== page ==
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Dissecting Patient-Centered Care

DISSECTING PATIENT-CENTERED CARE Healthcare as we know it is changing. We must educate our nurses to be even more dynamic than our healthcare system, adapting to new models and standards of care. Patient-centered care is the next evolution: healthcare providers are redirecting their focus to meet the unique needs of every patient. YOUR HEALTHCARE SYSTEM NEEDS YOU IMPORTANCE OF A NURSE LEADER • Management of chronic conditions • Primary care (including care coordination and transitional care) The new healthcare laws identify great challenges in: • Prevention and wellness • Prevention of adverse events (such as hospital-acquired infections) .... ... Healthcare reform provides many opportunities for nurses to make a difference in developing new ways to approach patient-centered care, ensure safe, high quality care, and engage in interprofessional practice teams to facilitate change. Strong nurse leaders will be at the forefront of innovative healthcare delivery and change. With more than 3 million members, the nursing profession is the largest segment of the nation's healthcare workforce +1 million new and replacement registered nurses are needed by 2016 to provide for the healthcare changes 100, 000 THE EPOCH OF THE AGING BABY BOOMER As the American population ages, questions arise regarding both how care is provided and who does it 55% 1 in 3 nurses is 50 years or older of the American population will be 65 and 20% older by 2030, heightening emphasis on New nursing opportunities in gerontologic nursing, care coordination, and chronic illness management may now be more essential than ever intend to retire in the next 10 years gerontologic nursing, care coordination, and chronic illness management PROLIFERATING CHRONIC ILLNESS While chronic conditions account for most of today's care, the U.S. healthcare system still reflects the model constructed in the early 20th century to treat acute illness and personal injuries 60% of all deaths worldwide are now due to chronic illness 3 major chronic conditions: Cancer Diabetes Cardiovascular disease (CVD) LEADING CAUSE OF DEATH, 20TH & 21ST CENTURIES 1900 2010 SWITCHING FROM DISEASE-CENTERED CARE TO PATIENT-CENTERED CARE In 2010, most RNs worked in private practices/hospitals: 48% Private general medical and surgical hospitals 8% Physicians' offices 6% Local general medical and surgical hospitals 5% Home healthcare services 5% Nursing care facilities 30% 26% Same-day chemotherapy, rehabilitation, and surgery • Treatment at home or in residential care facilities of hospital Medicare reimbursements will be determined based upon patient experience beginning in 2013 RN employment is expected to grow 26%, mostly in outpatient and long-term care centers like: Long-term rehabilitation for stroke and head injury patients, as well as facilities for Alzheimer's treatment TAKING CONTROL OF OUR FUTURE: THE NEED FOR ADVANCED NURSING EDUCATION Highly-educated nurses are fundamental to the evolving healthcare system and to transforming patient outcomes -2020- BSN MSN Currently, only 50% of nurses have a The industry is driving higher minimum educational requirements Bachelor's of Science Number of nurses with a BSN should Going from BSN to MSN boosts the average salary 17% in Nursing (BSN) increase to 80% by 2020 Most employers are (or will be) demanding a minimum of a BSN; particularly Magnet facilities or those wishing to 13% of nurses hold a graduate degree, allowing for focus on specialties. A growing number of employers require higher levels of education. Currently, at least 10% of all BSNS will matriculate into a master's or doctoral program within 5 years of graduation - more than ever before. apply for Magnet status. Benefits of an MSN: Specialties Include: * Standing out in a competitive market • Increased employability - Increased autonomy •Opportunity to specialize • Clinical Systems Leadership • Nurse Practitioners Less than 1% of current Nurse-midwives nurses have a doctoral degree • Clinical nurse specialists • Nurse educators • Nurse anesthetists That number must double by 2020 Education will create new generations of nurses who are equipped to handle the shifting landscape of global healthcare. The future of patient care is truly in their hands. To learn more, visit: SOURCES http://www.thefutureafnursing arg/sites/defauit/files/Future%20of%20Nursing %20Report_0.pdf htmi http://stats. htm/tab-3 http://www.thefutureafnursing.arg/sites/default/files/F%20Health%20Care%20System%20Reform%20and%20the%20Nursing% 20Workforce 620Matching %20Nursing% 20Practice %20and%20Skill %20to%20Future%20Needs, %20Not%20Past%20Demands %201323-346)_0.pdf http://stats. http://www.thefutureofnursing arg/sites/default/files/Future %20of%20Nursing%20Report_0.pdf 20Education %202010%20Eriet, puf 35674.aspx A COLLEGE OF NURSING ARIZONA Jiphtheria Senility Cancer Accidents vephropathies Cerebrovascular disease Heart disease Gastrointestinal infections Tuberculosis Pneumonia/Influenza Heart disease Cancer Noninfectious airways diseases Cerebrovascular disease Accidents Alzheimer's disease Diabetes Nephropathies Pneumonia/Influenza Suicide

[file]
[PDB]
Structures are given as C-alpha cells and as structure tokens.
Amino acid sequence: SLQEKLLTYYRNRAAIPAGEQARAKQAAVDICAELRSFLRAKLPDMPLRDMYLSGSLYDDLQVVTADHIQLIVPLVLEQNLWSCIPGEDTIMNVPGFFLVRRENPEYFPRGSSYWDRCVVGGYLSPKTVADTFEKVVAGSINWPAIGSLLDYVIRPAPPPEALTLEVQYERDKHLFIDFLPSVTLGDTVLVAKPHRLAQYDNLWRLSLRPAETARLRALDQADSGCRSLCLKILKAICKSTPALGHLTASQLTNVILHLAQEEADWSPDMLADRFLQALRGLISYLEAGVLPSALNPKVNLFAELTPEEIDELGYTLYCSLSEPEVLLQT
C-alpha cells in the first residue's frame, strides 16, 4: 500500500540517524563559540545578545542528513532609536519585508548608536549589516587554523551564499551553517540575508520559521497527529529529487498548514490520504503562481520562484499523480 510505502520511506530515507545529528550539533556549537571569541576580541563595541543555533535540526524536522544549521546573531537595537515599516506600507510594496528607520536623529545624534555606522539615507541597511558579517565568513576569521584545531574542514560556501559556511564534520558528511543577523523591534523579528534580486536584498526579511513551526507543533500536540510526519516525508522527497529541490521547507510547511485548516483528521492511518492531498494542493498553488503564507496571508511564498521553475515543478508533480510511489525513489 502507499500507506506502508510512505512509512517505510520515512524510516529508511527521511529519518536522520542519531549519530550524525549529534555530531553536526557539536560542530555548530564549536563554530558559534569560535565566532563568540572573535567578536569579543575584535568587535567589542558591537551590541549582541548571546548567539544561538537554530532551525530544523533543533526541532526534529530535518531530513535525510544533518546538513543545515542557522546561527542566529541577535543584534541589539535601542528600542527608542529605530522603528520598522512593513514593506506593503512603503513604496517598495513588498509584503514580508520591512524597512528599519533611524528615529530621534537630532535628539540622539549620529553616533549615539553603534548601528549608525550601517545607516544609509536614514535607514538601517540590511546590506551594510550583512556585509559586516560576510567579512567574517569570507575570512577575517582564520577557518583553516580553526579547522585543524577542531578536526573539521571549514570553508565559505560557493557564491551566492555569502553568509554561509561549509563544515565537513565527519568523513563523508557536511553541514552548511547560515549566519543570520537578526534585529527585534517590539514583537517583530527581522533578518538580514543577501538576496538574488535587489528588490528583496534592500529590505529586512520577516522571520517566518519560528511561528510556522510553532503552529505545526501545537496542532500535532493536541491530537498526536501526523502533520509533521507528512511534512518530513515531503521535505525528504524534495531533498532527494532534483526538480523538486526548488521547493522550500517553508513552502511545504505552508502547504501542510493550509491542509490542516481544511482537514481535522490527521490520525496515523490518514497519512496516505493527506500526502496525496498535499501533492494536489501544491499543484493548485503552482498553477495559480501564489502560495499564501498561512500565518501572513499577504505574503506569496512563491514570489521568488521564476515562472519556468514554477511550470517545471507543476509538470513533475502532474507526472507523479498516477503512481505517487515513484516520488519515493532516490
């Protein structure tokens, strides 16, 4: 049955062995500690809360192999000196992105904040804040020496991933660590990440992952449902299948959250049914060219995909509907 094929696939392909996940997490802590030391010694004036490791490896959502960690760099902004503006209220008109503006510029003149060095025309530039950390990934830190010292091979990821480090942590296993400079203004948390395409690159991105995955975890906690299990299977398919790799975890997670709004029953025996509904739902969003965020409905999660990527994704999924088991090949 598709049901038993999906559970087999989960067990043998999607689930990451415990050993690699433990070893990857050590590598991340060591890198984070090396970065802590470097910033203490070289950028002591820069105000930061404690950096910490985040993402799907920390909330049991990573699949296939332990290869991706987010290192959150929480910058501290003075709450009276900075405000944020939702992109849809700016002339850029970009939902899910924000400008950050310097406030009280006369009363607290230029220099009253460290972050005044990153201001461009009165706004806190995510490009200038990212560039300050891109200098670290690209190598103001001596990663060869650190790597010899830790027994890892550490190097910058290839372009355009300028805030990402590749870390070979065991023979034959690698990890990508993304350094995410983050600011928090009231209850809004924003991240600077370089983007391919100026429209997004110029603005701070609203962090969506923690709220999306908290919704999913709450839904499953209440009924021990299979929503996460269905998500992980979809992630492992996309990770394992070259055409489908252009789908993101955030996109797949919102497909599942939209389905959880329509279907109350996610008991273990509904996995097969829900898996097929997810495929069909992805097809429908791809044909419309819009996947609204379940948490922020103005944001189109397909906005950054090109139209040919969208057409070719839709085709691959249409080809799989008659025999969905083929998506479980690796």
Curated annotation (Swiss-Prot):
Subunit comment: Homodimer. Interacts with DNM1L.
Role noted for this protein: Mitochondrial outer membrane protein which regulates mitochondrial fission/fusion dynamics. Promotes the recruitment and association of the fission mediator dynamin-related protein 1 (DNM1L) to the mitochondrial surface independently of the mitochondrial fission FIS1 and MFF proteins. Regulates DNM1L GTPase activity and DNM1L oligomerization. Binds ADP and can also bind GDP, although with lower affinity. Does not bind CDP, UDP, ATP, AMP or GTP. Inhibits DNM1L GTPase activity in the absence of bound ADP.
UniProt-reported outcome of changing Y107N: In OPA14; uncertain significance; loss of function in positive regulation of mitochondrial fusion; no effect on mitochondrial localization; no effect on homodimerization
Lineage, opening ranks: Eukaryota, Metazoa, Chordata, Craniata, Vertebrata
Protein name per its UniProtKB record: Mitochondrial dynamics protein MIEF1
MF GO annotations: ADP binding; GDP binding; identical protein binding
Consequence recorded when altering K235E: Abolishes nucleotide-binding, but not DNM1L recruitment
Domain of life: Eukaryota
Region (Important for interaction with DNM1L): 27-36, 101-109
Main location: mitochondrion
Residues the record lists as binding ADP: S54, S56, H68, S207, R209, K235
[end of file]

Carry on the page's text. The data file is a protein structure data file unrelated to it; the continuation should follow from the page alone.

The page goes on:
Dissecting Patient-Centered Care

shared by mrchibolin on Jul 23
This infographic explores how the healthcare industry is in a state of flux and that those working in it must be ready to adapt to these changes. Additionally, it addresses the shift to patient-center...


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